Horses of Attica, was probably created after 1910, the year Davies made his first trip to Greece and southern Italy. Visiting the sites of classical antiquity was especially rewarding for Davies and, as evidenced in this work, the trip expanded the range of his landscape painting and his perception of the antique past.
Though the painting is small in scale, it has the wide horizontal format and sweeping view preferred by Davies for his landscapes. A pastoral scene is depicted in rich, delicate pastel shades with loosely worked-in details and a dry, scrubbed-looking surface. A naked man sits on the ground holding a staff and watching his herd of horses frolic against a backdrop of the Attic hills near Athens. To Duncan Phillips, the closely grouped, prancing poses of the horses suggested the sculptural reliefs of the Parthenon. He also saw the continuation of the long and revered pastoral landscape tradition whose roots went back to Poussin and, centuries earlier, to Virgilian Rome and Theocritan Athens: “First Poussin, then Puvis created true visions of antiquity in which the excited heroes and horses of the Parthenon frieze gallop gaily across a beach of the deep blue Mediterranean, but perhaps the most original use of the oft-recurring vision has been made by Davies in the small canvas called ‘The White Horses of Attica’.”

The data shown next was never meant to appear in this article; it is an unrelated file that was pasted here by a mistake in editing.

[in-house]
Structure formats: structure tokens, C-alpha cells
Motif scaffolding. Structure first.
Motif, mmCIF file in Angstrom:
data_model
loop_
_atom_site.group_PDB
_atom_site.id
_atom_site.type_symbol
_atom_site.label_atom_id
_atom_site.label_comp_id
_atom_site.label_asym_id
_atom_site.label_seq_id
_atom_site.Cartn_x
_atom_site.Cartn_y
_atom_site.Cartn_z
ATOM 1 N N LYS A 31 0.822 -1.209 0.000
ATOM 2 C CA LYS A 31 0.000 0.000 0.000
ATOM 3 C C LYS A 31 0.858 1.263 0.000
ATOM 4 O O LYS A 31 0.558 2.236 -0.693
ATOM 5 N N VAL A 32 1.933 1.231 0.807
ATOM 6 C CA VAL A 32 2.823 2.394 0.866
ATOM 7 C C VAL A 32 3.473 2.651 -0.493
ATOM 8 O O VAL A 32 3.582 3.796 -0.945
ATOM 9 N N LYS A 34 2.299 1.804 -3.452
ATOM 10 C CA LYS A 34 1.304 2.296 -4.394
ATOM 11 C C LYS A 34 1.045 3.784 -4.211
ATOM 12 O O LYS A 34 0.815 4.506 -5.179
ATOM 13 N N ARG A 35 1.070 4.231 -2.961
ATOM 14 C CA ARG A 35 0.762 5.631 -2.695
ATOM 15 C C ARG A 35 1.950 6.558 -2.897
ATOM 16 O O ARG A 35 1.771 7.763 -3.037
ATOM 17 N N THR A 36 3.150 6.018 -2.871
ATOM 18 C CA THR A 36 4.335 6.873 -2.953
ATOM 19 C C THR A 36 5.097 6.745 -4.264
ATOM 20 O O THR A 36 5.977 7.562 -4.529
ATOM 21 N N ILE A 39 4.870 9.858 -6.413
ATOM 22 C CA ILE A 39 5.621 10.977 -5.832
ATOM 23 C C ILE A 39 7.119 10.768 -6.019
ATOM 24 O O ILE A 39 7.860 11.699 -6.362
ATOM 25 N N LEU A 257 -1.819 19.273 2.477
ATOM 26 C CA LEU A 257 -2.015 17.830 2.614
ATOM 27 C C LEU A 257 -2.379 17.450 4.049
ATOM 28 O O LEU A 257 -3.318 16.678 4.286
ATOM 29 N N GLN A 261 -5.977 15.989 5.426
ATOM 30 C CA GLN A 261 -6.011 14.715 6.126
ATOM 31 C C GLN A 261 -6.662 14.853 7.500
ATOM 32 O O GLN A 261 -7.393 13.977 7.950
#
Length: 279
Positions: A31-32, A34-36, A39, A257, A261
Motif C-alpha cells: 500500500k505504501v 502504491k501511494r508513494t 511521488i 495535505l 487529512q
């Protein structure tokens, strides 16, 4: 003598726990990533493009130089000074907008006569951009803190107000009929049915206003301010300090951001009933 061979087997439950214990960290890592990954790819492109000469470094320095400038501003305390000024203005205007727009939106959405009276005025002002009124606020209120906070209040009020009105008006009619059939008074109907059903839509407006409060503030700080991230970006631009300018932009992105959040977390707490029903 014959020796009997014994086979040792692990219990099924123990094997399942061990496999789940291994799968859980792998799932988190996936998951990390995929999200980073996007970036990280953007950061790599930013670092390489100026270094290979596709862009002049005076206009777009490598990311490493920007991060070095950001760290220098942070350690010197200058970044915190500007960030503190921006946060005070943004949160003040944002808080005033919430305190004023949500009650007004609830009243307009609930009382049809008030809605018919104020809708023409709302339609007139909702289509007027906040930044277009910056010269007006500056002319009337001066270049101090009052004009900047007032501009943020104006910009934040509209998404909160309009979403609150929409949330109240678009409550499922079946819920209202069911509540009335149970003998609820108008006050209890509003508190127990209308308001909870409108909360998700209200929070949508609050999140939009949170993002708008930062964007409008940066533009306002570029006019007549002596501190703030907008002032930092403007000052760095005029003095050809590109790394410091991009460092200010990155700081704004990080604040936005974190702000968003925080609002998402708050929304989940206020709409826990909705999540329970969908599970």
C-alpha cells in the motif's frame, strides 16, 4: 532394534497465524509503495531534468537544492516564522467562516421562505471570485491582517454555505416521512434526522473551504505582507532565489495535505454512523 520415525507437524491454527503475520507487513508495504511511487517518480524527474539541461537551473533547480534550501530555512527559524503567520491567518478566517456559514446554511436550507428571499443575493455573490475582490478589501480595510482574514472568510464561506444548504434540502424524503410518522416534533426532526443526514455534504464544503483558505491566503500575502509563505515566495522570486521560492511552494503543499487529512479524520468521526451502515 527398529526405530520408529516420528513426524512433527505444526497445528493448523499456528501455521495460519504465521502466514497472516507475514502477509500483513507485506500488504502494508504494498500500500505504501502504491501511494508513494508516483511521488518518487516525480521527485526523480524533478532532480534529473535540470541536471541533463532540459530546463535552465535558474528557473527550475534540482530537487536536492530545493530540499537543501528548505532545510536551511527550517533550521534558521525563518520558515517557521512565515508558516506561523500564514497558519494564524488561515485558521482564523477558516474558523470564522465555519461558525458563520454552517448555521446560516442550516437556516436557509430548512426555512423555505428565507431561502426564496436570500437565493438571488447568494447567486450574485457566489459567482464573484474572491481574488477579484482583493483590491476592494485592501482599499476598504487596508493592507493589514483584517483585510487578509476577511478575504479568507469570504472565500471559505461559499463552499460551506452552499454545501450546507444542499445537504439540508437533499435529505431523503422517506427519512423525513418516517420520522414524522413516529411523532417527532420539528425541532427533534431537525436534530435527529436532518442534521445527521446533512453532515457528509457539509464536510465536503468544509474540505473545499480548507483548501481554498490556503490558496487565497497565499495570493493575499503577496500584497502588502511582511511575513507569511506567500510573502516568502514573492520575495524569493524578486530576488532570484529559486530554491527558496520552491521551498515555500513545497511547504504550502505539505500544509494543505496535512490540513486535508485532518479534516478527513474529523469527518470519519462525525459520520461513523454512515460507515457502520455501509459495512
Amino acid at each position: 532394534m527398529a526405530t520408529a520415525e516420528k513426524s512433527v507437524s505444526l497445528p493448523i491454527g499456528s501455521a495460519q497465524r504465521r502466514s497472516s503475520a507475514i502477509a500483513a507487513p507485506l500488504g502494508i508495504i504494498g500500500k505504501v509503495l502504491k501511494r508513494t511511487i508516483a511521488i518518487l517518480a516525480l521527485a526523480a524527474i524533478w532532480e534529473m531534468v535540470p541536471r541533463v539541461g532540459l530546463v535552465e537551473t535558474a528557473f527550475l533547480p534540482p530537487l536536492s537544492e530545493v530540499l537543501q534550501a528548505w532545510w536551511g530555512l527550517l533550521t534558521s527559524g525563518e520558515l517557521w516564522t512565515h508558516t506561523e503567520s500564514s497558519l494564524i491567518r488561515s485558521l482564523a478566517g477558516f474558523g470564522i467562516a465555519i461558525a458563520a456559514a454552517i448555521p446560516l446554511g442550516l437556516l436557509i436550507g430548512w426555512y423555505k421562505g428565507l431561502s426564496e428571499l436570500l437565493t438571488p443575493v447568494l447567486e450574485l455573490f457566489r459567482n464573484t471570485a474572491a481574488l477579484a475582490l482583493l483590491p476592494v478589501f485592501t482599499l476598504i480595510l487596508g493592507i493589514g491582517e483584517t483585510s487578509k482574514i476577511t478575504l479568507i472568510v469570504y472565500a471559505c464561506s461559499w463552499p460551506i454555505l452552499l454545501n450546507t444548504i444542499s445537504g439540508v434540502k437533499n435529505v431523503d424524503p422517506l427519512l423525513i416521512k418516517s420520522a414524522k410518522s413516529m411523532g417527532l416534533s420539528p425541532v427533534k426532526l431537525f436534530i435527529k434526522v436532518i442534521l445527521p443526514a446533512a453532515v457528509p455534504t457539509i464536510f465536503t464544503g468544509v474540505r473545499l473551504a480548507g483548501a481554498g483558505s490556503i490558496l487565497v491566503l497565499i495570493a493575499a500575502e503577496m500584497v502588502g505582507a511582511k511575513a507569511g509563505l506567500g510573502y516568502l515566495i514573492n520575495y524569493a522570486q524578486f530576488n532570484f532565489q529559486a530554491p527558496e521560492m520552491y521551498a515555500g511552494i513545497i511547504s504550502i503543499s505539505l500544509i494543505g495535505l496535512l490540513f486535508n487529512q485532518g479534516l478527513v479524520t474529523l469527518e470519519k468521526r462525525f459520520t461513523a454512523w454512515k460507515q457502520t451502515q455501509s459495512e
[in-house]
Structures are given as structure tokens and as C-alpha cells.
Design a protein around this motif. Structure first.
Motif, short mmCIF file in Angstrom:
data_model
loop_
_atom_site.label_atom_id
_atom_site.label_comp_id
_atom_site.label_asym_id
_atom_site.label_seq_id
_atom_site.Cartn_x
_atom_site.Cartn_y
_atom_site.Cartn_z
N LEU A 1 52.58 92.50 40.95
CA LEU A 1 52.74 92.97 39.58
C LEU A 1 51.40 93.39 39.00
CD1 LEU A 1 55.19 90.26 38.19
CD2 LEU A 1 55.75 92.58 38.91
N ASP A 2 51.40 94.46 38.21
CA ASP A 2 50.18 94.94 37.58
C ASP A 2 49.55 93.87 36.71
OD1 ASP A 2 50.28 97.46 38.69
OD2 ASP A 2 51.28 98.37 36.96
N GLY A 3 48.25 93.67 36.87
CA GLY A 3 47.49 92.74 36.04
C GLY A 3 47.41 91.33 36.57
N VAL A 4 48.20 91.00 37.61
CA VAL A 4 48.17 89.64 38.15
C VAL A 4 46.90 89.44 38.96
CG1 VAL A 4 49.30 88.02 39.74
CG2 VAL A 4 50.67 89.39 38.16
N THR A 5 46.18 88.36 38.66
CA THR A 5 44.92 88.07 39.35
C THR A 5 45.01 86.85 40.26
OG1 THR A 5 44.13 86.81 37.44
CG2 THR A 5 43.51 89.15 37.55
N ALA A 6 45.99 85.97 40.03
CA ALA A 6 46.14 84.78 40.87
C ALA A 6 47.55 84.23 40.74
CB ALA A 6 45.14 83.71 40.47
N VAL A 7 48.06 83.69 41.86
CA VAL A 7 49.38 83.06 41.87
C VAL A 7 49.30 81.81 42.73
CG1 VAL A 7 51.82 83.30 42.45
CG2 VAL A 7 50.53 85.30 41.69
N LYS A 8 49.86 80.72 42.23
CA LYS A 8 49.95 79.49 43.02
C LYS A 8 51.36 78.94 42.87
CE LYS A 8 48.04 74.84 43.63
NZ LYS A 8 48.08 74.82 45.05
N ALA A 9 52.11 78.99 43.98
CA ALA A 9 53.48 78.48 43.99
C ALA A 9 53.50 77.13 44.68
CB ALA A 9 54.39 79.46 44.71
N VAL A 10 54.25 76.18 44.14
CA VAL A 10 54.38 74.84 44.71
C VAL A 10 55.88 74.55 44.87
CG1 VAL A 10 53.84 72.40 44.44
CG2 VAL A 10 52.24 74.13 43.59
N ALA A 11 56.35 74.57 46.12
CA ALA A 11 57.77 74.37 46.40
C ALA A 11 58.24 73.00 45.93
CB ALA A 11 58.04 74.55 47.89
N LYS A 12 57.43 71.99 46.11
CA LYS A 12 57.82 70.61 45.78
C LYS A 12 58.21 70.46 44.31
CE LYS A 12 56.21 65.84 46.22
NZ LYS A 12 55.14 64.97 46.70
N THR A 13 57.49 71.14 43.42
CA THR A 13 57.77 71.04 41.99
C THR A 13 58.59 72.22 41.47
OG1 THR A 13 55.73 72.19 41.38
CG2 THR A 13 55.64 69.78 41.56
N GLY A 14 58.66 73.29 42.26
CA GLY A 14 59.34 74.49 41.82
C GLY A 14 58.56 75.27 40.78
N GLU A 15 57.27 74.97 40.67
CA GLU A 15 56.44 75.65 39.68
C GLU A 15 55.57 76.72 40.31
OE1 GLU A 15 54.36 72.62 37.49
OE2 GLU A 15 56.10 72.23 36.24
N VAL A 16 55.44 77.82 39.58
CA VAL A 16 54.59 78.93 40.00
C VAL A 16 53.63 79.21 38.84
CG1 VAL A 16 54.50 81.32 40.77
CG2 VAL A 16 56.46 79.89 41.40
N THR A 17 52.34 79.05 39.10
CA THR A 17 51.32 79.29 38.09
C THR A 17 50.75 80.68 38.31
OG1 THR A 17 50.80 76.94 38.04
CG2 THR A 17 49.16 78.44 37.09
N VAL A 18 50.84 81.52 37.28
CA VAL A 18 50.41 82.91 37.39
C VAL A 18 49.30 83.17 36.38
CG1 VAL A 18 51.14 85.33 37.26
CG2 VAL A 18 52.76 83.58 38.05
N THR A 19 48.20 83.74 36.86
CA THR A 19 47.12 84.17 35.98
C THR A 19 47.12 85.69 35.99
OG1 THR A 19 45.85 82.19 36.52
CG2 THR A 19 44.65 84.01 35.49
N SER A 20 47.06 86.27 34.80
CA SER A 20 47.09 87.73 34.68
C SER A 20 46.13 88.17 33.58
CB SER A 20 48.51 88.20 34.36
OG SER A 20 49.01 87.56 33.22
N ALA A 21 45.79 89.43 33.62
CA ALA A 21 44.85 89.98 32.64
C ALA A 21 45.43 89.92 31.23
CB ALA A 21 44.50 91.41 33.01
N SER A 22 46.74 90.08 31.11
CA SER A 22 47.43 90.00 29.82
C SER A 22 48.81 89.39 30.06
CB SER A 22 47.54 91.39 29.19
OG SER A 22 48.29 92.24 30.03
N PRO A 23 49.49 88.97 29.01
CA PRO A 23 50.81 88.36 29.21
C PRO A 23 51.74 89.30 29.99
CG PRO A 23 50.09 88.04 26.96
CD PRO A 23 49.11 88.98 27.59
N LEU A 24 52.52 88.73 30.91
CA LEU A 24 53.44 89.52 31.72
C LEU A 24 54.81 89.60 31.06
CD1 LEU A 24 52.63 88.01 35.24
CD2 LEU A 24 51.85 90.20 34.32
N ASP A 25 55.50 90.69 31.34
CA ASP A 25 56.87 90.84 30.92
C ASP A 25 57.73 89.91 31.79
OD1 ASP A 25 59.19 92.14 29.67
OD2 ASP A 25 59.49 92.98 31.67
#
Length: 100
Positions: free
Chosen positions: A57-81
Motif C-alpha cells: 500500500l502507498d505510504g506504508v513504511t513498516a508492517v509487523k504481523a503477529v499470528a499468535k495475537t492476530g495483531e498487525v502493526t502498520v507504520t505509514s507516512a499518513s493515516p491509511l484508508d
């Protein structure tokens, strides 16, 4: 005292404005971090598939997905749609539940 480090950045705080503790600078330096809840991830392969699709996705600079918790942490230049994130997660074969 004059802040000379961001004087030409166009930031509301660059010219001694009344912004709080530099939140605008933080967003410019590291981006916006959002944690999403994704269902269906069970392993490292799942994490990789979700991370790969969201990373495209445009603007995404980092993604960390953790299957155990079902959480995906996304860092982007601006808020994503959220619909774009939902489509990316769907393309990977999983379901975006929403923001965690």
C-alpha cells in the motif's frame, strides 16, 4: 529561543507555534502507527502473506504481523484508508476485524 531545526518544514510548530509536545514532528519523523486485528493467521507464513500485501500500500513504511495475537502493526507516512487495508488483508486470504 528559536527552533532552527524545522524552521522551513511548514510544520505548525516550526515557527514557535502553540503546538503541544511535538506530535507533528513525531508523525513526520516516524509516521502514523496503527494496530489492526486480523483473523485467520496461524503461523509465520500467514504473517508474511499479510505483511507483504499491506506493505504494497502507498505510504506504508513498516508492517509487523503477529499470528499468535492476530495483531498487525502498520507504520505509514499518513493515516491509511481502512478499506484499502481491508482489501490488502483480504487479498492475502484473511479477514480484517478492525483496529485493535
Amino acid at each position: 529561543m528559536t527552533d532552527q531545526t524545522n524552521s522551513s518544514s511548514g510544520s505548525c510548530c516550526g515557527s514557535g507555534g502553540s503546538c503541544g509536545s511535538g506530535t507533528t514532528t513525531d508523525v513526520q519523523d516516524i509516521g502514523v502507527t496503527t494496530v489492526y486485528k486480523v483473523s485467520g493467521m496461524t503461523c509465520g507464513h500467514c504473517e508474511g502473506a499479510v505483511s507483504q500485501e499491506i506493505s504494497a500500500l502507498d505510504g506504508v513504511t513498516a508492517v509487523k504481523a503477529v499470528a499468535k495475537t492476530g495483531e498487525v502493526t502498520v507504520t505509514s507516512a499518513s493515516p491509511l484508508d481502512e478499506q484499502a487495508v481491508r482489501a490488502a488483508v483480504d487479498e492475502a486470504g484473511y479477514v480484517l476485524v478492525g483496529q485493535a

The importance of Davies’s trip to Greece and Italy in reinforcing his interest in ancient myth and archaic cultures is clearly reflected in a letter he sent to his dealer, William Macbeth, in 1910 from Naples: “[The frescoes of Pompeii] are perfectly thrilling—the finest things I have ever seen – as fresh as if painted yesterday. I might say thankfully that I have been quite on the level and do feel capable of far greater expression because of my own ‘entente cordiale’ with Greek painters – so archaic – so great – so modern….I cannot tell you how much these things mean to me.” In Horses of Attica, Davies recalled antique art and motifs while evoking the universal pastoral theme of man in harmony with nature.